TRAVERSE CITY — A $12.3 billion water infrastructure bill that received final congressional approval Thursday will step up funding for improving ports and deepening sand-choked shipping channels in the Great Lakes region, supporters said.
The measure designates the lakes as a single navigational system for funding purposes, enabling the region to compete as one unit for money, instead of individual port communities being pitted against each other. It also requires the government to make greater use of an existing fund for maintaining deep-draft ports and waterways.
“This is an important step toward ensuring that the commercial importance and conservation of the Great Lakes remains a national priority,” said Sen. Debbie Stabenow, a Michigan Democrat.
The bill received overwhelming bipartisan support after negotiators with the two chambers reached a compromise earlier this month, clearing the Senate on a 91-7 vote Thursday following House approval Tuesday, 412-4. It now goes to the White House for President Barack Obama’s signature.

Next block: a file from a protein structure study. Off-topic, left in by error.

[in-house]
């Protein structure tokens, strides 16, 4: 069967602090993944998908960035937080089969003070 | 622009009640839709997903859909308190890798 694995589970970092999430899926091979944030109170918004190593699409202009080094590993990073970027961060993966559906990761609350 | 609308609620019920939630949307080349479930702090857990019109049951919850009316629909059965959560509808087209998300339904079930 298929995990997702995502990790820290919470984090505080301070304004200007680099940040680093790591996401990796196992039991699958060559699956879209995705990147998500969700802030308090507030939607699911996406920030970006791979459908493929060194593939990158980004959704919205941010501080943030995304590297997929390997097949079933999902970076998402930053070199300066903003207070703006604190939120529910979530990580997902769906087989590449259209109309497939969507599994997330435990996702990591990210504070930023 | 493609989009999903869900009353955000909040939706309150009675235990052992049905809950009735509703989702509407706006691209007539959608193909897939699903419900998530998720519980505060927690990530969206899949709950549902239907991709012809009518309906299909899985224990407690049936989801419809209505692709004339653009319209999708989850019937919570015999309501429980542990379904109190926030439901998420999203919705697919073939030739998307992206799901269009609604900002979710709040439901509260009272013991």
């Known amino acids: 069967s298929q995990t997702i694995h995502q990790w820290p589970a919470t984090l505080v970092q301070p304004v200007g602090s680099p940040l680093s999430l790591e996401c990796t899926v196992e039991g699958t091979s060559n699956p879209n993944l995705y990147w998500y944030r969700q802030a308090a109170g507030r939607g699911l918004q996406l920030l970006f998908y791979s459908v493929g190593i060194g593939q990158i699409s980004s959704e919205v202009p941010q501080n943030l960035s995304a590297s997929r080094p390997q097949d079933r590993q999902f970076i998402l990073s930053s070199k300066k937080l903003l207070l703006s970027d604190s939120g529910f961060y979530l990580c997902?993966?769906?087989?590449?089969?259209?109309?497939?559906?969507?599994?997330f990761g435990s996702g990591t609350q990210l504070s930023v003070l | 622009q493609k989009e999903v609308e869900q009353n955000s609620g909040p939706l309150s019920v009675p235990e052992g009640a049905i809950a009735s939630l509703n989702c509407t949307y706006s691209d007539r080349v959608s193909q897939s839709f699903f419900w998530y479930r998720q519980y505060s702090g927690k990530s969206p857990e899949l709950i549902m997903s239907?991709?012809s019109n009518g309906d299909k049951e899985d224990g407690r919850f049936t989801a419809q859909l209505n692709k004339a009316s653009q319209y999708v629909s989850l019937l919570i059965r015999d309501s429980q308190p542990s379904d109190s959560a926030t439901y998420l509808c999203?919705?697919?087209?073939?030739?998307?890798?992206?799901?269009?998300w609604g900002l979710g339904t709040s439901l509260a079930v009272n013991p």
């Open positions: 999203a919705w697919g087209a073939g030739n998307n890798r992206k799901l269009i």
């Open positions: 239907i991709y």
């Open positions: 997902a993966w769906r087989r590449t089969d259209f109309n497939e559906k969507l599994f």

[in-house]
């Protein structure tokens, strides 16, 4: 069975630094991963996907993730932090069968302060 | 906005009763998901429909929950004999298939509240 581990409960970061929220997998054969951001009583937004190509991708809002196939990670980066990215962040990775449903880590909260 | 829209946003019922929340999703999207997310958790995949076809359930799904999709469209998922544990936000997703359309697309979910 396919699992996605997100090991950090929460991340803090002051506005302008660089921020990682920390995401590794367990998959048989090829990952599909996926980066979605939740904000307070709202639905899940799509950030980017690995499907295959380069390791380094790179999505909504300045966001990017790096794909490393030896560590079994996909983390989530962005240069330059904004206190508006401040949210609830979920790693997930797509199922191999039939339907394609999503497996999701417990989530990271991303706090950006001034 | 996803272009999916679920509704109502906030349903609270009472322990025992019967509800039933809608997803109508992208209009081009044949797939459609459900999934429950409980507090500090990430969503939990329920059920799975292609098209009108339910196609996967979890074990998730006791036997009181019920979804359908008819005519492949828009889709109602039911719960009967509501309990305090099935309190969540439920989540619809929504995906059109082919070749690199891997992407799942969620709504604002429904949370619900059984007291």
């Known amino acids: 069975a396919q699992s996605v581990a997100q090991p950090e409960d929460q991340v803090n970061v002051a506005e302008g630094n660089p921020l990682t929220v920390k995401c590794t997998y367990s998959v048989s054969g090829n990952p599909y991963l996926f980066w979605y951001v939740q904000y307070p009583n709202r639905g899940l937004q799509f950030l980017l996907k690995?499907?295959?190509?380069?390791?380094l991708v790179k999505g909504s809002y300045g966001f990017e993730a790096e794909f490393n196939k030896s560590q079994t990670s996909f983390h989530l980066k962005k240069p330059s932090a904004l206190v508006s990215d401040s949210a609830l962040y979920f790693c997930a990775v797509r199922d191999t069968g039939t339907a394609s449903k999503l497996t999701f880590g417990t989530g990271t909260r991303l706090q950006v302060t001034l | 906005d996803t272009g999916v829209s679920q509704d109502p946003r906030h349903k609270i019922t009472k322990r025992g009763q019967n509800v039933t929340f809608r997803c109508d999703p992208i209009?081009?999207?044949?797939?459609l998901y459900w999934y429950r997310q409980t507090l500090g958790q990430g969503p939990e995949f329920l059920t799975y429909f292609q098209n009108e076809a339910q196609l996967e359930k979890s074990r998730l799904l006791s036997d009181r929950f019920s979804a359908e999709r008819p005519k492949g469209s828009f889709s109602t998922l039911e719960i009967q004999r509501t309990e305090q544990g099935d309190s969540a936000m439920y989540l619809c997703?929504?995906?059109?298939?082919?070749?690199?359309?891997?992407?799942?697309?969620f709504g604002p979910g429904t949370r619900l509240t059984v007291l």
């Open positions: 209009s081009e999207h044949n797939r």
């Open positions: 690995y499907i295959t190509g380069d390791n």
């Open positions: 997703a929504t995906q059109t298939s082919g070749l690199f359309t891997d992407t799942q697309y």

Great Lakes shipping companies and port operators have pleaded for more spending on harbor maintenance, particularly because low water levels since the late 1990s have forced vessels to carry lighter loads to avoid scraping bottom in shallow areas.
Shippers nationwide pay about $1.7 billion a year in fees on the cargo they haul to support the Harbor Maintenance Trust Fund, which is meant to support dredging and port upkeep. But some has been diverted for other purposes or remains unspent. The fund presently has a surplus of $8 billion, despite a huge backlog of unmet dredging needs.
Just over 51 percent of the money collected by the fund is used for harbor maintenance. The bill will boost that portion to 67 percent in the next fiscal year. The rate will continue rising 3 percent annually until 2025, when it hits 100 percent.
“More than 18 million cubic yards of sediment clogs the Great Lakes Navigation System,” said James Weakley, president of a regional coalition representing shipping industry management and labor, who described the bill’s enactment as “critical.”